1966 and all that: Round 15 – Geelong v St. Kilda


Football spectacle down at Kardinia Park


Saturday 6 August

Kardinia Park



A trip down the highway to Geelong confronted the Saints in Round 15. The home ground of the Cats, Kardinia Park, has been a graveyard for many teams over the years regardless of their position on the ladder.


The teams




B. Hosking, West, Ryan

HB. Devine, Walker, Marshall

C. Closter, Lord, Polinelli

HF. Newland, Sharrock, Eales

F. Newman, Wade, Brown

Foll. Farmer, Rosenow

Rov. Goggin

Res. Vinar, Reid


St. Kilda


B. Head, Murray, Synman

HB. Cross, Breen, Griffiths

C. Moran, Stewart, Oakley

HF. Kennedy, Baldock, Cooper

F:  Morrow, Neale, Rowland

Foll. Mynott, Baker

Rov. Smith

Res. Davis, S. Roberts



The game proved to live up to all expectations as two teams vying for a place in the finals and with genuine premiership credentials provided a football spectacle for the crowd of over 28 000. It had everything: pace, high marking, system and closeness of scores. But it was Geelong who prevailed in the end with a sensational final burst, kicking six goals to two in the last term.


The ability of Denis Marshall to eclipse Ian Stewart in the centre was a critical factor in Geelong’s 23 point win. Marshall, filling-in for injured Cats centreman Alistair Lord, was in superb form all afternoon. When Stewart was moved away and Griffiths took over in the centre, Marshall continued to do much as he pleased. The beneficiary of Marshall’s dominance, aided by Polinelli and Closter on the wings and Sharrock’s support at centre half forward, was Geelong full forward Doug Wade who kicked 8.1. His brilliant high marking and long kicking were features of the match. Wade’s accuracy in comparison with St. Kilda forward ‘Cowboy’ Neale, who managed an untidy 2.7, was a telling tale in the final analysis. For the Saints, ‘Doc’ Baldock booted four and rover Ian Rowland again made a handy contribution of two goals.


With Collingwood’s win over Richmond that afternoon, the top four was now Collingwood, Richmond, St. Kilda and Geelong, while Essendon lurked just outside with an inferior percentage to the Cats.





Geelong                      3.2 (20)          7.6 (48)          8.8 (56)          14.11 (95)

St. Kilda                      2.3 (15)          4.6 (30)          8.11 (59)       10.12 (72)


Goals: Geelong – Wade 8, Goggin 2, Brown, Marshall, Newman, Sharrock

St. Kilda – Baldock 4, Cooper 2, Neale 2, Rowland 2


Best: Geelong – Marshall (best on ground), Sharrock, Wade, Newman, Goggin, Polinelli, Closter

St. Kilda – Mynott, Cooper, Baldock, Morrow, Rowland, Griffiths


Umpire: Fisher                      Crowd: 28 720

Reserves: Geelong 9.17 (71) defeated St. Kilda 9.12 (66)

Under 19’s: St. Kilda 17.9 (111) defeated Geelong 7.13 (55)


Bill Goggin amassed 31 disposals for the Cats, while Ian Cooper had the most impressive stats for the Saints with 17 kicks, 10 marks, 5 handballs and two goals.


Around the grounds


At Windy Hill – Essendon 18.7 (115) defeated Carlton 10.13 (73)

At the MCG – Collingwood 16.9 (105) defeated Richmond 13.8 (86)

At Brunswick Street – Fitzroy 13.17 (95) defeated Footscray 13.11 (89)

At Arden Street – Hawthorn 12.11 (83) defeated North Melbourne 11.16 (81)

At the Lake Oval – South Melbourne 18.17 (125) defeated Melbourne15.19 (109)


Only 4 points separated the top five teams on the ladder after round 15. Collingwood moved back into top position after defeating Richmond in the match of the day. St. Kilda, Geelong and Essendon were equal on 11 wins (44 points) with the Saints holding the superior percentage.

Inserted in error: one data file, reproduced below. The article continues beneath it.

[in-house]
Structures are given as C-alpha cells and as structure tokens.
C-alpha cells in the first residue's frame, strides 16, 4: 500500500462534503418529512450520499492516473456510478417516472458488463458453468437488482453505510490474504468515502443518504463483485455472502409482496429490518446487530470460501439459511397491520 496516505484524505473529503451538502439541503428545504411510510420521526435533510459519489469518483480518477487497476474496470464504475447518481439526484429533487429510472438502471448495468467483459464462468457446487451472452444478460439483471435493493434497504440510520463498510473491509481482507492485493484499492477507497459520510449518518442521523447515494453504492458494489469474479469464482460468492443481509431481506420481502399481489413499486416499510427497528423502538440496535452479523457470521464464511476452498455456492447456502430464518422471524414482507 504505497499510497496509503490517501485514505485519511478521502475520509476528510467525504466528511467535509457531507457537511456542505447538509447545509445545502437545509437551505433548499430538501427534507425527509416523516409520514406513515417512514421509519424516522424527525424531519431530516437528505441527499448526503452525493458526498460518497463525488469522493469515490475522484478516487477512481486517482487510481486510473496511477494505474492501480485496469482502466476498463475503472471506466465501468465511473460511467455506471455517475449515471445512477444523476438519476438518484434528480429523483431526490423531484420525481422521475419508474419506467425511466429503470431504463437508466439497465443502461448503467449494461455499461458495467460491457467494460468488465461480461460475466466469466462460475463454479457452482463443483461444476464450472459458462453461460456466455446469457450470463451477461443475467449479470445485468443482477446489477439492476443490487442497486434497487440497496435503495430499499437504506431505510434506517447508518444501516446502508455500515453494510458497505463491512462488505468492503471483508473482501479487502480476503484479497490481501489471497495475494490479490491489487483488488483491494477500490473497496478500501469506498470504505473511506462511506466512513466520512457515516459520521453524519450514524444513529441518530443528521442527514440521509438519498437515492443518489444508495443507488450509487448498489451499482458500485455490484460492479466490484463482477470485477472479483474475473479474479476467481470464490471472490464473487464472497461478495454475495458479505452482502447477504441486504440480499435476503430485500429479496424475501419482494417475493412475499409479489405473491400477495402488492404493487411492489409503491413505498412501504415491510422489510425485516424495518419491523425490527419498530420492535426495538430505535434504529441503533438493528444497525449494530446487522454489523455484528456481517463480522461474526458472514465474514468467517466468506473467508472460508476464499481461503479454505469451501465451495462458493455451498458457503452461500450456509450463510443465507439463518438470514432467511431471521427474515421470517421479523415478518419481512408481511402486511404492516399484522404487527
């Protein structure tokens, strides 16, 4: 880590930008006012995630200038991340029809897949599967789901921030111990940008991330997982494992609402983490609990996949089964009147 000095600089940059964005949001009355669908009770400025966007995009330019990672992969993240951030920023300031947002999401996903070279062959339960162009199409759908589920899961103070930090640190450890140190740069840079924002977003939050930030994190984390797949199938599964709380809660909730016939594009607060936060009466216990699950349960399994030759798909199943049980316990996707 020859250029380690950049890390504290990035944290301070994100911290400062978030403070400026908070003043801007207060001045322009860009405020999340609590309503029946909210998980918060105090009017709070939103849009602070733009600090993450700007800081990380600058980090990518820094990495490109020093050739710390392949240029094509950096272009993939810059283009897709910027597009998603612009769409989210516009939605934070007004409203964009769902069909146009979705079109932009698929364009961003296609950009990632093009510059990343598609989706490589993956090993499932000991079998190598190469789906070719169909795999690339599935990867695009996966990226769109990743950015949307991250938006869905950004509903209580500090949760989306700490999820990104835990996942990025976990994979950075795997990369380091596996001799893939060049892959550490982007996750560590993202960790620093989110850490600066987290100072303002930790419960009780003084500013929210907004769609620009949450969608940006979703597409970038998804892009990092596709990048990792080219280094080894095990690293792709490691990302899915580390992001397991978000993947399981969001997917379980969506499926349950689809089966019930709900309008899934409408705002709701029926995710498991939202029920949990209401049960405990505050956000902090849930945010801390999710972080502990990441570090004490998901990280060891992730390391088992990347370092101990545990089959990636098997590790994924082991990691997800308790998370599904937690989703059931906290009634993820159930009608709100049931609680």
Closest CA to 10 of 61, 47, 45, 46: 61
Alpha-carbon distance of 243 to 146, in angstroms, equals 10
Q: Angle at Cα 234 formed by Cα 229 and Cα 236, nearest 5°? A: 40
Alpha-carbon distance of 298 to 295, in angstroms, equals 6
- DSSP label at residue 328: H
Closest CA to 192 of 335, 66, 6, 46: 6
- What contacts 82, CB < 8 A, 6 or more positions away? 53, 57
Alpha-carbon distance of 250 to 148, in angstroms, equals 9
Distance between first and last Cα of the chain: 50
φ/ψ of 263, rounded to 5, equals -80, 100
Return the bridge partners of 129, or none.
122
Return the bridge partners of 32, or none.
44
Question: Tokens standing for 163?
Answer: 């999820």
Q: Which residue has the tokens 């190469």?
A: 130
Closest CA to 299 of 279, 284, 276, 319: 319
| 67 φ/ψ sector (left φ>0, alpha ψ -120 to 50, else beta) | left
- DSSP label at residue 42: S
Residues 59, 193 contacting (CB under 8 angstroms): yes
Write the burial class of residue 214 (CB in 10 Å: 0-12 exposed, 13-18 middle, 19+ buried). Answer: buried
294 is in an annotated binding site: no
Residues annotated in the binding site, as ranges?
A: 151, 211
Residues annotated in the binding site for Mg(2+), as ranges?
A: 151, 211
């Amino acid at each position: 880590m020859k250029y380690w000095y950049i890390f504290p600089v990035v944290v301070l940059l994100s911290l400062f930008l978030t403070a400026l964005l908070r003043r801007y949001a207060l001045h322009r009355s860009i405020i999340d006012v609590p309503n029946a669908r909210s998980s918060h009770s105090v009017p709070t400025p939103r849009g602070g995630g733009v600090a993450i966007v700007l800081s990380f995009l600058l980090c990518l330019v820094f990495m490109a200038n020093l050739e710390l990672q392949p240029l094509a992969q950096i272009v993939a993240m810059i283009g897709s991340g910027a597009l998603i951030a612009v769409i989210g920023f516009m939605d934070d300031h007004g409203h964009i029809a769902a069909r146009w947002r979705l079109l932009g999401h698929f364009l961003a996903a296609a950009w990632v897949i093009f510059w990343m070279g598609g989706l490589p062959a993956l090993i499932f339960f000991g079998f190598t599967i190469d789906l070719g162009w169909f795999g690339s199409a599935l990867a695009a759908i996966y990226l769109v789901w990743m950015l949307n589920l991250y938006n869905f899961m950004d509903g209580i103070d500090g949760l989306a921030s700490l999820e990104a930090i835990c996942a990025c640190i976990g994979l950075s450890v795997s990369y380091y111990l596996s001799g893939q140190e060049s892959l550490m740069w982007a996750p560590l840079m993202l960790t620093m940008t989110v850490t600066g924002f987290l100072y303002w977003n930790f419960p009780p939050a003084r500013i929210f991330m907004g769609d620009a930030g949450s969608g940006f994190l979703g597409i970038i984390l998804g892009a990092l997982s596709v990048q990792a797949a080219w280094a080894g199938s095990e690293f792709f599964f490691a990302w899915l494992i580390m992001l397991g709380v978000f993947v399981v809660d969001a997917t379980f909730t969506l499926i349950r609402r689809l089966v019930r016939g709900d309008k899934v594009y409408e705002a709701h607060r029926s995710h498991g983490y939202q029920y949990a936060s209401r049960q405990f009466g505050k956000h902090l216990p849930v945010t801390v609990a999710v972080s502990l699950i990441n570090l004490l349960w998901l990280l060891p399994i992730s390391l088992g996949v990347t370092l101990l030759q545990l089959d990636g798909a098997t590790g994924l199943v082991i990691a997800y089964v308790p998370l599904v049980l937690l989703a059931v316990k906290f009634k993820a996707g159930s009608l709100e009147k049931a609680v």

Highlights of the round


Fitzroy won its only game of the 1966 season with a six point victory over Footscray in round 15. The match was the penultimate VFL game at Brunswick Street Oval with Fitzroy moving to Princes Park in 1967. The last game at the venue was in round 17 when the Lions hosted the Saints.


Essendon’s Ted Fordham had another productive afternoon kicking seven goals. Three of his kicks for goal sailed out of the ground and were lost. With the price of a new Sherrin $11 in 1966, he was becoming a ‘costly’ proposition at full forward.



Read The Age, Monday 8th August 1966, for coverage of all matches HERE.


Leading goalkickers


Fordham (Essendon) (7) 53

Robertson (South Melbourne) (6) 49

Guinane (Richmond) (4) 47

Goode (North Melbourne) (5) 44

Graham (Collingwood) (2) 43

Wade (Geelong) (8) 39

Baldock (St. Kilda) (4) 35



Country Footy


In the hills above East Gippsland results from the Omeo District Football League that day were: Omeo 20.23 (143) defeated Swifts Creek 4.9 (45) and Benambra 14.12 996) defeated Ensay 9.6 (60).


Omeo (the ‘Maroons’) won the 1966 premiership defeating Benambra (the ‘Bloods’). They were the most successful club in the league’s history with 34 premierships before merging with Benambra in 2007. The merged club adopted the nickname, the ‘Alpine Ranges’.


Ray Cross, originally from Omeo, was far from disgraced in St. Kilda’s loss to Geelong that day. Cross played eight games for St. Kilda in 1966 but suffered a knee injury late in the season and was one of the unlucky Saints who had to watch on from the grandstand on the last Saturday in September.


In Victoria’s north east, ‘bushranger country’, two country football leagues existed at that time – the Ovens and King League and the Benalla and District League.


In the Ovens and King League that day: Beechworth had a big win against Whorouly, Greta thrashed North Wangaratta, Milawa had a convincing win over Moyhu, King Valley were too good for Chiltern and Tarrawingee enjoyed a comfortable win over Bright. Greta were the 1966 premiers of the Ovens and King League.


In the Benalla and District League that day: Strathbogie defeated Glenrowan, Bonnie Doon had a close victory over Swanpool, Goorambat enjoyed a percentage boosting win over Tolmie, as did the Benalla All Blacks over Devenish, while Tatong were far too strong for Thoona. Bonnie Doon were the 1966 premiers of the Benalla and District League.


Meanwhile …


On the other side of the world, Australia’s athletes were competing in the Commonwealth Games hosted by the city of Kingston, Jamaica. They earned a healthy tally of 23 gold medals, highlighted by great performances from the swimming team, with every swimmer winning at least one individual or relay event medal, and the track and field team which won the most events.



Where were you on Grand Final day in 1966?


It is time to look back all those years and recount your memories of grand final day, 24 September 1966.


Every grand final has its stories and some survive the test of time. Some happen out on the ground, some in the stands, others transform an otherwise ordinary day into something else.